Twisting the cube …

So there’s the conundrum. And let’s be frank: The bottom line isn’t how can we do it, but should we do it? Are sports that important to run all these risks?

The truth is, when it comes to professional teams, the participants are among the less distressed people in the country. Owners certainly don’t need financial help (Jerry Jones did the draft from his yacht). Players and coaches all average at least six- or seven-figure salaries. When it comes to industries that need to be rushed back to survive, pro sports — compared to small businesses, small manufacturing, restaurants, etc — is way down the list. Only the stadium personnel, concession workers and security forces warrant financial concern. And some athletes and owners have generously donated to help them through this. More should do the same.

Yes, we love our sports. Yes, it provides distraction. But maybe distraction isn’t the highest priority right now. Maybe focusing on a national plan that leaves the most Americans alive should be.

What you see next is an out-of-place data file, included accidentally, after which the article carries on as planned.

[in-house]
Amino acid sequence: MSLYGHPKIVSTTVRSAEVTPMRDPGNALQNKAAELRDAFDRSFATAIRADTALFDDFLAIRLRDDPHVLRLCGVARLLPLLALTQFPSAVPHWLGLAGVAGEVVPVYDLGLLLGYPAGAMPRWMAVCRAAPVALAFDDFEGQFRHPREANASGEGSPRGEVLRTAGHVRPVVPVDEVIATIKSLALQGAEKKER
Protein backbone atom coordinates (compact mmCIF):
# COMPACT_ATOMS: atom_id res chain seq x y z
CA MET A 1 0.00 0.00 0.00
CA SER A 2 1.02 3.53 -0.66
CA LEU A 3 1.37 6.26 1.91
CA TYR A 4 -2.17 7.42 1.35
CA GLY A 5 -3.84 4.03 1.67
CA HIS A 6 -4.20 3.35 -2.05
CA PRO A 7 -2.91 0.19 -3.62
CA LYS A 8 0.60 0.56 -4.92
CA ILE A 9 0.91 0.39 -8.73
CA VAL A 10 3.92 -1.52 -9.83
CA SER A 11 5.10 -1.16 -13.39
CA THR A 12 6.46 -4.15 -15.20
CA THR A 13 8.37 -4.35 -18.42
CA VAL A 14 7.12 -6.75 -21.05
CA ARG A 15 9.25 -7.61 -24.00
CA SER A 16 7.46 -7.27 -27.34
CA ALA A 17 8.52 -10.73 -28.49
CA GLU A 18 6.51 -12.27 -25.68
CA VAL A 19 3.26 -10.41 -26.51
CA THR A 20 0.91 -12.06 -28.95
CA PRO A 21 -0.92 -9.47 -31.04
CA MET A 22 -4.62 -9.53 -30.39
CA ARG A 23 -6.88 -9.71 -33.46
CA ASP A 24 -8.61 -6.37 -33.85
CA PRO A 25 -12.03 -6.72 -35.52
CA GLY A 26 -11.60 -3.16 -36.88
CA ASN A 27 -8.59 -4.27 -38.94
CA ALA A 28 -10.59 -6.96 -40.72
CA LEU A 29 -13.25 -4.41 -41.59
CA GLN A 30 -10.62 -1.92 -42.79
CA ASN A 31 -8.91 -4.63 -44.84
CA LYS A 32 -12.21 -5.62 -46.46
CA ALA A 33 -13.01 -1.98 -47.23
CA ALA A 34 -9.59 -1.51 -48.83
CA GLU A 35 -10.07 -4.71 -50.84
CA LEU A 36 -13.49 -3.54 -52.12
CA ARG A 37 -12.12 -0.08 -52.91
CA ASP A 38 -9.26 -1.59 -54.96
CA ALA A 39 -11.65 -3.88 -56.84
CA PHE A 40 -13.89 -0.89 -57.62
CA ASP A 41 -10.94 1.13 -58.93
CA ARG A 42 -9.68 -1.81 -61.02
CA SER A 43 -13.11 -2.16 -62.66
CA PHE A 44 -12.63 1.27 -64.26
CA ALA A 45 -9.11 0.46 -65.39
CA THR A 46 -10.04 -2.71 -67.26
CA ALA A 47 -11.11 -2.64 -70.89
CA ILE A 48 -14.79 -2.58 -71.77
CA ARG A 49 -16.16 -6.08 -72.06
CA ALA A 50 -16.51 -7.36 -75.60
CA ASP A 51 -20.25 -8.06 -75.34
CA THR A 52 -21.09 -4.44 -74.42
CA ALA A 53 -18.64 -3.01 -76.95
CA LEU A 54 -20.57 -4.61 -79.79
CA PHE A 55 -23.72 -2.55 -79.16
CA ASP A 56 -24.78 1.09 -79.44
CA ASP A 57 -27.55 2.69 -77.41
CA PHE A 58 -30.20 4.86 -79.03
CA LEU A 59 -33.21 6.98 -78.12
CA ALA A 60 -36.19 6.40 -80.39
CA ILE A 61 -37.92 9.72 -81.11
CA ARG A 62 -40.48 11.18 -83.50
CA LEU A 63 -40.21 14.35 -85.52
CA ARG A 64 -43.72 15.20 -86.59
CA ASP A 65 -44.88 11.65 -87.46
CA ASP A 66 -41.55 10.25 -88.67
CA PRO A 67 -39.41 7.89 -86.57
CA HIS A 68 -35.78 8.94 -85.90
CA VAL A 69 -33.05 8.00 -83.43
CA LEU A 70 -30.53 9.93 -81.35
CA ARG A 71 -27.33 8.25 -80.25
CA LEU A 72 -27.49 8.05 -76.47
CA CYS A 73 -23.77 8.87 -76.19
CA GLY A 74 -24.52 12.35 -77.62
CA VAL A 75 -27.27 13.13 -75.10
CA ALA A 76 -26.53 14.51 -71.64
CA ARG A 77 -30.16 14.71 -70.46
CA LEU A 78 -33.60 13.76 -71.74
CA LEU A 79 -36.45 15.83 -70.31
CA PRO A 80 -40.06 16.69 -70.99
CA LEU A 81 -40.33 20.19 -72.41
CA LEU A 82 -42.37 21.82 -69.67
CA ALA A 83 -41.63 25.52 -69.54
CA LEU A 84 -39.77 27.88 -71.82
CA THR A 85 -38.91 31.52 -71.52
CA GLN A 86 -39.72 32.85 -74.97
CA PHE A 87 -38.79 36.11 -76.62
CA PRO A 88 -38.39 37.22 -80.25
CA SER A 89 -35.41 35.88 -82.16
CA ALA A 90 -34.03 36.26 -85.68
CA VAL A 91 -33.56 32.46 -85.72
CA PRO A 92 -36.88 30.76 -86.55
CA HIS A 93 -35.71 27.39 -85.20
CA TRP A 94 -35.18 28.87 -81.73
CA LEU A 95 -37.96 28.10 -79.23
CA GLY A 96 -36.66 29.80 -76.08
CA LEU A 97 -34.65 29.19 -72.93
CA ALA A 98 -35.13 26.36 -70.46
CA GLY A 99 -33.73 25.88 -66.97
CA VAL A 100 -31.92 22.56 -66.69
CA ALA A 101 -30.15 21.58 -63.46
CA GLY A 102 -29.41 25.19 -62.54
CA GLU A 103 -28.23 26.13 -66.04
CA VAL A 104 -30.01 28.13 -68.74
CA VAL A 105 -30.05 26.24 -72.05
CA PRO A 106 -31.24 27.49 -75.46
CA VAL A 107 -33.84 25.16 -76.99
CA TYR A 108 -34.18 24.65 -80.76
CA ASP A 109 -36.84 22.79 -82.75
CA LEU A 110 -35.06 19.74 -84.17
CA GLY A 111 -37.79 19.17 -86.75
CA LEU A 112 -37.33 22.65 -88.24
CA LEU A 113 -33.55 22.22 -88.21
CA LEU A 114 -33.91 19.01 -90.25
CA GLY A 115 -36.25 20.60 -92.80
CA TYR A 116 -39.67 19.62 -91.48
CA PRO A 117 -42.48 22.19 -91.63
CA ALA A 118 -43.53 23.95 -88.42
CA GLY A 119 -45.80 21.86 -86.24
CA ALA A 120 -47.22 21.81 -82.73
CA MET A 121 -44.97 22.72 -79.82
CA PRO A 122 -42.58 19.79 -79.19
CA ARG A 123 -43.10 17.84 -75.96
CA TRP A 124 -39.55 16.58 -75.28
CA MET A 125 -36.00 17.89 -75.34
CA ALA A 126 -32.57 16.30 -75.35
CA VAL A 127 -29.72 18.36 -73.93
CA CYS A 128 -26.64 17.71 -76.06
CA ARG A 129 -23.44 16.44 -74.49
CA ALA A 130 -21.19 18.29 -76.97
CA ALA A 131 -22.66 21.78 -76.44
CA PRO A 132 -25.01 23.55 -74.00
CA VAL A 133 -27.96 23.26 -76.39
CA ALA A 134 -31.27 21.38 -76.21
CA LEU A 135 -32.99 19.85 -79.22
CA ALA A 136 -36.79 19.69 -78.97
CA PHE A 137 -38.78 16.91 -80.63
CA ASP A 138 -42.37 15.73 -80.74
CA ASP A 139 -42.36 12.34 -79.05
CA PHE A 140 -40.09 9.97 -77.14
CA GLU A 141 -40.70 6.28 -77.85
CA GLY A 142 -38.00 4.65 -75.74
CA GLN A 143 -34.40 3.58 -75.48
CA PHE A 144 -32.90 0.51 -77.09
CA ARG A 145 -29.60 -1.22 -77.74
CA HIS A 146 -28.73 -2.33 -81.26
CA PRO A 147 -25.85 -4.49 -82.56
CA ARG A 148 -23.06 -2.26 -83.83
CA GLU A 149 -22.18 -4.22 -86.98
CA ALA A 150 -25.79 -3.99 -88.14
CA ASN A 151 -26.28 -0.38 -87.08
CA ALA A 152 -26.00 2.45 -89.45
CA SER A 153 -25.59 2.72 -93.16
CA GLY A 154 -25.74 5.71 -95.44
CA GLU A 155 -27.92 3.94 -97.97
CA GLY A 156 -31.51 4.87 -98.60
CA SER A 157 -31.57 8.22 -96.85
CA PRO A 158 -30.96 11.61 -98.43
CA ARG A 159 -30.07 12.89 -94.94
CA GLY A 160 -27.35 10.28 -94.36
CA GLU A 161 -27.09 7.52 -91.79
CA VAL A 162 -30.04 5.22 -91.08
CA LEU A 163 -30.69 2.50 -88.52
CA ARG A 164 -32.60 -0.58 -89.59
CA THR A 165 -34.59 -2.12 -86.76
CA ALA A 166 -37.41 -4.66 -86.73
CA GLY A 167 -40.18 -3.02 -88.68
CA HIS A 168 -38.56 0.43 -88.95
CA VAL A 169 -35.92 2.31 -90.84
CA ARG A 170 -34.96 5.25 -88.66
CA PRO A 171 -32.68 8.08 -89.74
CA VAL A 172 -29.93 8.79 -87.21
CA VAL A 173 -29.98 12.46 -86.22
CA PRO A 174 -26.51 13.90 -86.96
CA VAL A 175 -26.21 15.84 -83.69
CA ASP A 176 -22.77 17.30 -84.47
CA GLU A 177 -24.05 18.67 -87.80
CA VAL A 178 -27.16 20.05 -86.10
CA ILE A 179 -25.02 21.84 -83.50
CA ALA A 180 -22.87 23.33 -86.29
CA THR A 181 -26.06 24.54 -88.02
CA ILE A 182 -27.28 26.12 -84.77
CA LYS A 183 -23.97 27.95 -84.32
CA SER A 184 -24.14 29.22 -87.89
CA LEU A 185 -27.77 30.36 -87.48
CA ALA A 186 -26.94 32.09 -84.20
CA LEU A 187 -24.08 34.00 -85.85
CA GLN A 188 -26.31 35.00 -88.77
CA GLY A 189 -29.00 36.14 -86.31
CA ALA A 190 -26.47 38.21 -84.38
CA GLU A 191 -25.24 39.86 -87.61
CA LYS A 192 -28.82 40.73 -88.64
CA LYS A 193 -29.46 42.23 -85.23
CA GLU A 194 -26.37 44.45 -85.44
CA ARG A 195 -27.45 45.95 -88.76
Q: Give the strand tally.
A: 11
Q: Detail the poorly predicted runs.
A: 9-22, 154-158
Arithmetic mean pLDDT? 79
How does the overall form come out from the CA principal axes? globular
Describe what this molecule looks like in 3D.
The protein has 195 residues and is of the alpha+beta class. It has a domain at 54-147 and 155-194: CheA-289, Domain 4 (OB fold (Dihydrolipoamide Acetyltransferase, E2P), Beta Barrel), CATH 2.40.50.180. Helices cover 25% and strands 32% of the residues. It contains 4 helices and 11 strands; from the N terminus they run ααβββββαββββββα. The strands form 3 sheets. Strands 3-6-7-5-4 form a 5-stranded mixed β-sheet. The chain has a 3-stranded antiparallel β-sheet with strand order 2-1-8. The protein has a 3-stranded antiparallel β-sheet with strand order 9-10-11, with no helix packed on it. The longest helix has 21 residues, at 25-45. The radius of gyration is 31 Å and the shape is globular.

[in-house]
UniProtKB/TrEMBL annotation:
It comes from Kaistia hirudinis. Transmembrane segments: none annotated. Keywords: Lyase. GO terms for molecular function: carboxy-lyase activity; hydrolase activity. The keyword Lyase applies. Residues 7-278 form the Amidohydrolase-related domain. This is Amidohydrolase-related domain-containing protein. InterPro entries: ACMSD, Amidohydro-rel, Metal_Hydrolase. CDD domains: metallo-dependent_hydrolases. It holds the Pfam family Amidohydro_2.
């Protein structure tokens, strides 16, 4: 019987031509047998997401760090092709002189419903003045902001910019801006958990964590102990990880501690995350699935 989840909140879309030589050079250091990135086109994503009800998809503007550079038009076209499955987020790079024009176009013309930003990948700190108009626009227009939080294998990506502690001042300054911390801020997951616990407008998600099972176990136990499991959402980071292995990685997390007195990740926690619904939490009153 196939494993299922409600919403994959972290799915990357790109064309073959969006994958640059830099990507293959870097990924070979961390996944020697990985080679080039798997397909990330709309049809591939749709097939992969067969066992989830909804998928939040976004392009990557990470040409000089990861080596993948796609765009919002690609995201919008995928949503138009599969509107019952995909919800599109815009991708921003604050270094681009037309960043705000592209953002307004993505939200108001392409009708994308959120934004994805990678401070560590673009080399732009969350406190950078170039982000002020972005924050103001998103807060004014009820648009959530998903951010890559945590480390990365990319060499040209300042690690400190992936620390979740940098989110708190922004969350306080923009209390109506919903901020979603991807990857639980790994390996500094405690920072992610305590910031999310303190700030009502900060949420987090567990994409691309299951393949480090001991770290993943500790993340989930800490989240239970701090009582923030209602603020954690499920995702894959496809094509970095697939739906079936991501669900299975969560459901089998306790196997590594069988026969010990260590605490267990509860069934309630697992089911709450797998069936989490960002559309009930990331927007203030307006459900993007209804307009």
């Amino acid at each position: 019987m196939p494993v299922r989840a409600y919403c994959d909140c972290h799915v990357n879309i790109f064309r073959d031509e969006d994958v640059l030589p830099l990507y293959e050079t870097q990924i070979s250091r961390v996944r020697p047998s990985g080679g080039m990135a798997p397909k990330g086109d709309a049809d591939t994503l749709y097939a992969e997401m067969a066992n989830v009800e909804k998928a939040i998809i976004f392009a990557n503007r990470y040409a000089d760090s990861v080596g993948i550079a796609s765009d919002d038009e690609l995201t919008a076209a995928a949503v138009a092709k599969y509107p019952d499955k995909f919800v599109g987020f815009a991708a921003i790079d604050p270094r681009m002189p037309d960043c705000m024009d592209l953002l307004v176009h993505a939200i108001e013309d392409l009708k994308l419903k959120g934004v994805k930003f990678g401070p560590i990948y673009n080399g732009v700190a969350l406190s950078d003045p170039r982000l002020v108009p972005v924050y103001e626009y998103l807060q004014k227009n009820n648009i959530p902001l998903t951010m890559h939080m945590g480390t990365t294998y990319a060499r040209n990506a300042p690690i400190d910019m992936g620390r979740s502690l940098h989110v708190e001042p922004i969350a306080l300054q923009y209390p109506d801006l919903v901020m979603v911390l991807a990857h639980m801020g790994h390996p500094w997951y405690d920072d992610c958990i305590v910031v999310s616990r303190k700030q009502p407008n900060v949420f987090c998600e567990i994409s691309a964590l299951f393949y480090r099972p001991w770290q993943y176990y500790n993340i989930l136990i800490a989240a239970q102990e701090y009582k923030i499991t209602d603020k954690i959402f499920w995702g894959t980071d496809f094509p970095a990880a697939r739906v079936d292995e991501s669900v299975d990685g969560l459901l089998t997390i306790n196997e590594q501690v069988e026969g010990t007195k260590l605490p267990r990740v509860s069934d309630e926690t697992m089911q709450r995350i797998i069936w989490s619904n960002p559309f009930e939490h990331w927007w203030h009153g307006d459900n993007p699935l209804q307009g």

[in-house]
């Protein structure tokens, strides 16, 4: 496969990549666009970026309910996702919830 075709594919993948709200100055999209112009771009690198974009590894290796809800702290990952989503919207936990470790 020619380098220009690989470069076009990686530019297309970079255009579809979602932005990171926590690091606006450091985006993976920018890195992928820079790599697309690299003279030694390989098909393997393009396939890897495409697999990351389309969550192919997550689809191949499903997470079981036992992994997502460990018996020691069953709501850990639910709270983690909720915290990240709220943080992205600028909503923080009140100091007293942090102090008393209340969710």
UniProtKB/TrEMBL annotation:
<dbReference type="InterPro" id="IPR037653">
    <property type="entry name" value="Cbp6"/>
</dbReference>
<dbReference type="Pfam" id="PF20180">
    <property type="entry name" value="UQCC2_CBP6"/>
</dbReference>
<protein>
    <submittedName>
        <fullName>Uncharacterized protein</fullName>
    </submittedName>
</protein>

Ask the athletes themselves who have lost parents, siblings, and even children to this insidious virus, just how important it is to give fans something to yell at on their TV sets. You’ll get a somber answer.

We all want to get back to normal. And one day, in the not too distant future, we will. Until then, however, sports must keep twisting the cube, hoping for a new color that changes everything.

Sadly, the next scheduled sporting event that could actually go on time is another draft, the NBA draft, on tap for June 25th.

Mark your calendars.

Mitch Albom is offering a new work of fiction,”Human Touch,” for free on the internet to help first responders fighting COVID-19. You can read a new chapter each week or listen to the audio version at humantouchstory.com. Albom is encouraging donations from those who can to the “Detroit Beats Covid 19!” project at saydetroit.org. Contact him at malbom@freepress.com. Follow him on Twitter @mitchalbom.